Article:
Beginning last week, in Queens, hundreds of people camped out for a chance to become apprentices with the Local 46 Metallic Lathers and Reinforcing Ironworkers Union. As Gothamist notes, these apprenticeships are coveted because union jobs tend to be “well-paying and usually secure positions.” WCBS 2 had more on the matter:
Bracelets have been handed out to the first people in line, but “some applicants have already been eliminated from the process for missing the daily roll call, this has prompted others to line up and take their places… Applicants are given bathroom breaks, and some of them have gone home to shower. The week-long wait adds to an already tense interview process.”
One woman said to WCBS 2, “I have two degrees in business and I’m here. I graduated from Monroe College in 2010 and I havent been able to find a job in my field,” while one man told NBC New York that he came from Phoenix, Arizona, “Once I found out, I hopped on a plane and flew over.” A spokesman for the union said, “We believe in meeting the prospective clients and seeing if they really want to be a part of this organization. Naturally we had hoped they wouldn’t be lining up a week early just to get an application.”
The apprenticeship program at Local 46 starts at $18 an hour. Climbing the union ladder can be both professionally and financially rewarding and many of those making the biggest decisions on behalf of their brothers and sisters started off as apprentices. One such case is that of Mike Compton, Secretary-Treasurer of the St. Joseph Valley Building Trades and Business Manager for International Brotherhood of Electrical Workers (IBEW) Local 153 in South Bend, Indiana. During the 35 years since his apprenticeship with the IBEW, Compton furthered his education, allowing him to acquire new skills while remaining a dedicated craftsmen. Compton earned an associate’s degree, a bachelor’s degree and an Executive MBA from three different universities, including Notre Dame. Because of this, Compton became a huge supporter of tougher academic standards for those looking to become apprentices with his local union. He promotes the idea of unions assisting members to further their education while remaining a tradesman.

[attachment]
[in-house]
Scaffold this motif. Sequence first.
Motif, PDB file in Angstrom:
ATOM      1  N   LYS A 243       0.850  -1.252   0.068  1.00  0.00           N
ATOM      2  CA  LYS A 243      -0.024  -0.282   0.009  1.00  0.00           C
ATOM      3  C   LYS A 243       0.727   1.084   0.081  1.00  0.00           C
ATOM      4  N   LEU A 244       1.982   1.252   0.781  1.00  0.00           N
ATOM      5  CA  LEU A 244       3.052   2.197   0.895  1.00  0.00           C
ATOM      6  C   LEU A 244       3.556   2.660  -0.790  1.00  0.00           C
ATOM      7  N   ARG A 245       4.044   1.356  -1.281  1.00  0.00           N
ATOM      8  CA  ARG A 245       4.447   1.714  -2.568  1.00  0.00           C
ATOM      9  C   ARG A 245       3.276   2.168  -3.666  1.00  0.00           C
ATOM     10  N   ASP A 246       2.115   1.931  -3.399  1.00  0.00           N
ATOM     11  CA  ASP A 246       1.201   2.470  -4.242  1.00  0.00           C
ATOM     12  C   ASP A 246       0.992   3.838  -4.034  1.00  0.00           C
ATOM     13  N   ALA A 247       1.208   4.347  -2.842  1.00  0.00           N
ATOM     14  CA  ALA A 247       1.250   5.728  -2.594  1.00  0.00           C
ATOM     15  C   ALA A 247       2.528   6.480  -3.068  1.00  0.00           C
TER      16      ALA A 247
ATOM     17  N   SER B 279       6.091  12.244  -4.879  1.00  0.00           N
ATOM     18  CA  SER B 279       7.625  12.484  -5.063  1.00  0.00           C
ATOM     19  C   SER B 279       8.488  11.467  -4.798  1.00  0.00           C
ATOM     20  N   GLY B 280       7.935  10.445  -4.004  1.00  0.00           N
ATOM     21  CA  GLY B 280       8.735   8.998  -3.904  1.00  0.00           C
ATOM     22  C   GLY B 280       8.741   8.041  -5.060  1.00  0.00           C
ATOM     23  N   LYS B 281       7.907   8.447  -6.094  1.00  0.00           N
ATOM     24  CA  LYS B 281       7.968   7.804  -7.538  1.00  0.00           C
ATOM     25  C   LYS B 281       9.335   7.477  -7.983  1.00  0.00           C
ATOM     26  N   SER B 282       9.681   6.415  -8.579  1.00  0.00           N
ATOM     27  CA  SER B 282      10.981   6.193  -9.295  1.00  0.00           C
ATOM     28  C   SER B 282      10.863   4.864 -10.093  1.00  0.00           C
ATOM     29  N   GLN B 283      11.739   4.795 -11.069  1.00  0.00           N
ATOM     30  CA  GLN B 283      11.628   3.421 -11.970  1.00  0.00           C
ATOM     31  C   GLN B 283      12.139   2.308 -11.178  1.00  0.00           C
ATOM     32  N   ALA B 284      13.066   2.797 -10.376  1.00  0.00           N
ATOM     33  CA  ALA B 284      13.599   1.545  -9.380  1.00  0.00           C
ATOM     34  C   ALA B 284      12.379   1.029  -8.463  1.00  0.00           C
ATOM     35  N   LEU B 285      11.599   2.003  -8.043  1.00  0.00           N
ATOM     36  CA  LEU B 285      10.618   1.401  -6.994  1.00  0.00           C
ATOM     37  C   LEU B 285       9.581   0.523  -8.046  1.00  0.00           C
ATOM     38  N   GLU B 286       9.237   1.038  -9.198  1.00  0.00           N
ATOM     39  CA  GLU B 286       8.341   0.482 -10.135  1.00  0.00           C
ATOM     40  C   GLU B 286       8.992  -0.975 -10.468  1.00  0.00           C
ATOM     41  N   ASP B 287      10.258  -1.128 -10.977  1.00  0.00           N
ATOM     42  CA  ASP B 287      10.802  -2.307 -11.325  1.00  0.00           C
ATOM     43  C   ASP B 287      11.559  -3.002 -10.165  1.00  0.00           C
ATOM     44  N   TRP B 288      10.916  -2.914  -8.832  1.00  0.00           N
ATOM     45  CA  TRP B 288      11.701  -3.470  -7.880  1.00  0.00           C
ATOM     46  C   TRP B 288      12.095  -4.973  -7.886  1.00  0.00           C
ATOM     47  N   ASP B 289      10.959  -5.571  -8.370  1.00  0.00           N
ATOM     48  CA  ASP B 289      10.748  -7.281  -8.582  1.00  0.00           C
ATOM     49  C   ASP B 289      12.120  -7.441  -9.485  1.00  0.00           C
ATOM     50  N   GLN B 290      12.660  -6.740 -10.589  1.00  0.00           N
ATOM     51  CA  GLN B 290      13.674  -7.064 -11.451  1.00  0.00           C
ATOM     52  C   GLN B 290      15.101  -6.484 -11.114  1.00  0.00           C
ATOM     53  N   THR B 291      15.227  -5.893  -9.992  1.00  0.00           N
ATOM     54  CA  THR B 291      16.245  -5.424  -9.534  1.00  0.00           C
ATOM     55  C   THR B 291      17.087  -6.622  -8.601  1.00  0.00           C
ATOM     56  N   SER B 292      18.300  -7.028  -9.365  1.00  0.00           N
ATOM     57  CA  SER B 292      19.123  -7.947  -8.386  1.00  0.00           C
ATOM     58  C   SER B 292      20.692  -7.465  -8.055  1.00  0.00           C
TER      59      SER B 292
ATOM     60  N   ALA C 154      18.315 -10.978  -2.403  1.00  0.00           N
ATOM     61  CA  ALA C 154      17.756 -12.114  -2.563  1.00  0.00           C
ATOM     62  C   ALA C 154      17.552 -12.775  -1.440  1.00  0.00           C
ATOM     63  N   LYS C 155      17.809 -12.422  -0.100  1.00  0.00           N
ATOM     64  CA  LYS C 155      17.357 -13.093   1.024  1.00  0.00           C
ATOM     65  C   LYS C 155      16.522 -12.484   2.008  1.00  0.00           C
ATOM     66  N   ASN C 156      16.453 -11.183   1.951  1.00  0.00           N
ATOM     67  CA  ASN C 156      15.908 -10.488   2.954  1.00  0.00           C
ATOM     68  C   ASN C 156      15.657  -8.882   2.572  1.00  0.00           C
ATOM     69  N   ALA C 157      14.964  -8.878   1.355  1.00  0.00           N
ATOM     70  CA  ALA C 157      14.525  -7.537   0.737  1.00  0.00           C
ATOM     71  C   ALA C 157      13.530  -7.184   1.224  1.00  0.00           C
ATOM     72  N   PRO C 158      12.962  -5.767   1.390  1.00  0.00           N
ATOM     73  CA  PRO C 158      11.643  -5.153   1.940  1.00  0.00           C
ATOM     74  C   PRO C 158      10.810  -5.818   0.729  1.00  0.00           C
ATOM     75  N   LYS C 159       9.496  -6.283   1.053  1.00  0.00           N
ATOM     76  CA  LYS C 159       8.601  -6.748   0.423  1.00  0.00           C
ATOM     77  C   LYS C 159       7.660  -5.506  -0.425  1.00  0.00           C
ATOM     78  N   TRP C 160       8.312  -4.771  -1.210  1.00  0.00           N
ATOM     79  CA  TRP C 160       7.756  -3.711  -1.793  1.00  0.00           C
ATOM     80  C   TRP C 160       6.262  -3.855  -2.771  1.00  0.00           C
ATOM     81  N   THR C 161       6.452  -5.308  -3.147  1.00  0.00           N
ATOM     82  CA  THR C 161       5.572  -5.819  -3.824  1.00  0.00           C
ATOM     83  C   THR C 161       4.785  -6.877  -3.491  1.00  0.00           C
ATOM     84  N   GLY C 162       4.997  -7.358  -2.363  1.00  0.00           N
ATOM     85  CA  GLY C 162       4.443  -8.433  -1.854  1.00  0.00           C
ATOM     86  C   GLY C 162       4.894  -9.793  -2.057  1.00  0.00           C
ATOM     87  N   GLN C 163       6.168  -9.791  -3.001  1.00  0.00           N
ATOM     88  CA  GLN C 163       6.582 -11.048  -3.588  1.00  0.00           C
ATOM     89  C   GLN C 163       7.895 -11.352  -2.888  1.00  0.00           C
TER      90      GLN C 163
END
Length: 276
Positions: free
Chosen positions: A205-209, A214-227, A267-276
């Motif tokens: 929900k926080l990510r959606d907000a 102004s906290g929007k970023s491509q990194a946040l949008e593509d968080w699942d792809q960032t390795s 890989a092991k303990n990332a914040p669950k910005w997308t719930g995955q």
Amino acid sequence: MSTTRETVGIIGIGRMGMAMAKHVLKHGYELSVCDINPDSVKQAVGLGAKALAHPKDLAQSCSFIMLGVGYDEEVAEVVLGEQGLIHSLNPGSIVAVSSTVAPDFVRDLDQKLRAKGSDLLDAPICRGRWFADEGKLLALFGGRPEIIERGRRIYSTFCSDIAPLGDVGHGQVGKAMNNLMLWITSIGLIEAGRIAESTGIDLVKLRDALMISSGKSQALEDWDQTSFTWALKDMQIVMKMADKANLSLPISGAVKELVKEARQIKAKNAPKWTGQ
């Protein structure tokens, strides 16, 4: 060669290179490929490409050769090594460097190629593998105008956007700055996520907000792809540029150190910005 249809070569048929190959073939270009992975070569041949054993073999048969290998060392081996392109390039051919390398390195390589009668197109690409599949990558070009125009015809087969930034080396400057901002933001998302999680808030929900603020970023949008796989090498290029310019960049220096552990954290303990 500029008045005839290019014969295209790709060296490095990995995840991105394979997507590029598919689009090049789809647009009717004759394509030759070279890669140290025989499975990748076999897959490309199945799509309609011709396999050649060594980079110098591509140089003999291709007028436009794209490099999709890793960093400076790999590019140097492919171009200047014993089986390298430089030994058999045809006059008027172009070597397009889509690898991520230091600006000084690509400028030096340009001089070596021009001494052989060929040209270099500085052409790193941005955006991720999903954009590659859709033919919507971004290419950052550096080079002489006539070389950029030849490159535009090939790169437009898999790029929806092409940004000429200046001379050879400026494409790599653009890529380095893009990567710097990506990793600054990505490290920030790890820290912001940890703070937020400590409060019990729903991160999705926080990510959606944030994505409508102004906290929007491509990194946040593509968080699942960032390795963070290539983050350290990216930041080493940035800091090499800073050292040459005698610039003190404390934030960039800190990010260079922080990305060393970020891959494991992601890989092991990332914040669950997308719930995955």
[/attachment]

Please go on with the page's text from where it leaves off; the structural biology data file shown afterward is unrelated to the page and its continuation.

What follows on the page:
Local 153 offers three apprenticeship programs — five years for commercial-industrial electricians, three years for residential electricians, and three years for specialists in voice, data and video, a skill more in demand these days.
“It focuses on the low voltage side of a building — computer systems, security systems, camera systems, card access systems, fire alarm systems, all things that are in a building today,” Compton said. “Some were there 30 years ago, but many of them are new to the new technology that’s out there, basically things that are computer driven.”
The 950-member union has some 100 apprentices, about half as many as in the years before the recession that hit construction especially hard. A labor-management committee, separate from the union, runs the program to serve the apprentices.
“They pay for their books, but they pay for nothing else,” said Compton, explaining that employers, the union’s customers, pay into a fund for the training. “It’s part of our total pay package from the people who hire our members. It pays for the building our members are in. It pays for instructors. It pays for two full-time people that run the program.”
Compton is quick to acknowledge the impact his IBEW apprenticeship had on his life:
“This all started from my apprenticeship program in 1977,” Compton said. “For me personally, I worked in the field for over 20 years before I set my tools down, so to speak, and became a full-time union representative.”